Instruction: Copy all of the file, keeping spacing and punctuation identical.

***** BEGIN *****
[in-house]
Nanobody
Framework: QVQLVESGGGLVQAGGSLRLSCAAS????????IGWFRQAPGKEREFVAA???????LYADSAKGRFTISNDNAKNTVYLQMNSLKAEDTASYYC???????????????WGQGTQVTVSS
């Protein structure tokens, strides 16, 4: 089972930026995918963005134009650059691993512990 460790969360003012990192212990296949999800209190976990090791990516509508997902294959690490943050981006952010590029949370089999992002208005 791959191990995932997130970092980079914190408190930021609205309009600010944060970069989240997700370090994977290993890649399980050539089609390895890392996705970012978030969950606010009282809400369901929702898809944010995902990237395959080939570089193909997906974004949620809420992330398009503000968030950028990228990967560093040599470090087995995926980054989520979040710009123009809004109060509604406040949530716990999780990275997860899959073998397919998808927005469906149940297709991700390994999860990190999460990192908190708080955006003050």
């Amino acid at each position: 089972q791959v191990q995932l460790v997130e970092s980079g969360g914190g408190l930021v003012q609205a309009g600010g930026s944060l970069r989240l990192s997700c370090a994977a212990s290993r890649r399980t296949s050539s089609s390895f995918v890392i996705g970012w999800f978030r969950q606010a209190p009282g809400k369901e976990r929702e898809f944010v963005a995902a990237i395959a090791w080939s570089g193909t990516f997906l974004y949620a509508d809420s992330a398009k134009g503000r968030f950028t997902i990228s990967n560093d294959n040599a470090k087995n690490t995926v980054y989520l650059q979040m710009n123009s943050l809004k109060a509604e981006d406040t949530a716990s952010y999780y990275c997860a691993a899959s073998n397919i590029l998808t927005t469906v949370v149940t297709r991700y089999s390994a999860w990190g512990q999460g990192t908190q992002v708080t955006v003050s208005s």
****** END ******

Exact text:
[in-house]
Nanobody
Framework: QVQLVESGGGLVQAGGSLRLSCAAS????????IGWFRQAPGKEREFVAA???????LYADSAKGRFTISNDNAKNTVYLQMNSLKAEDTASYYC???????????????WGQGTQVTVSS
């Protein structure tokens, strides 16, 4: 089972930026995918963005134009650059691993512990 460790969360003012990192212990296949999800209190976990090791990516509508997902294959690490943050981006952010590029949370089999992002208005 791959191990995932997130970092980079914190408190930021609205309009600010944060970069989240997700370090994977290993890649399980050539089609390895890392996705970012978030969950606010009282809400369901929702898809944010995902990237395959080939570089193909997906974004949620809420992330398009503000968030950028990228990967560093040599470090087995995926980054989520979040710009123009809004109060509604406040949530716990999780990275997860899959073998397919998808927005469906149940297709991700390994999860990190999460990192908190708080955006003050």
């Amino acid at each position: 089972q791959v191990q995932l460790v997130e970092s980079g969360g914190g408190l930021v003012q609205a309009g600010g930026s944060l970069r989240l990192s997700c370090a994977a212990s290993r890649r399980t296949s050539s089609s390895f995918v890392i996705g970012w999800f978030r969950q606010a209190p009282g809400k369901e976990r929702e898809f944010v963005a995902a990237i395959a090791w080939s570089g193909t990516f997906l974004y949620a509508d809420s992330a398009k134009g503000r968030f950028t997902i990228s990967n560093d294959n040599a470090k087995n690490t995926v980054y989520l650059q979040m710009n123009s943050l809004k109060a509604e981006d406040t949530a716990s952010y999780y990275c997860a691993a899959s073998n397919i590029l998808t927005t469906v949370v149940t297709r991700y089999s390994a999860w990190g512990q999460g990192t908190q992002v708080t955006v003050s208005s």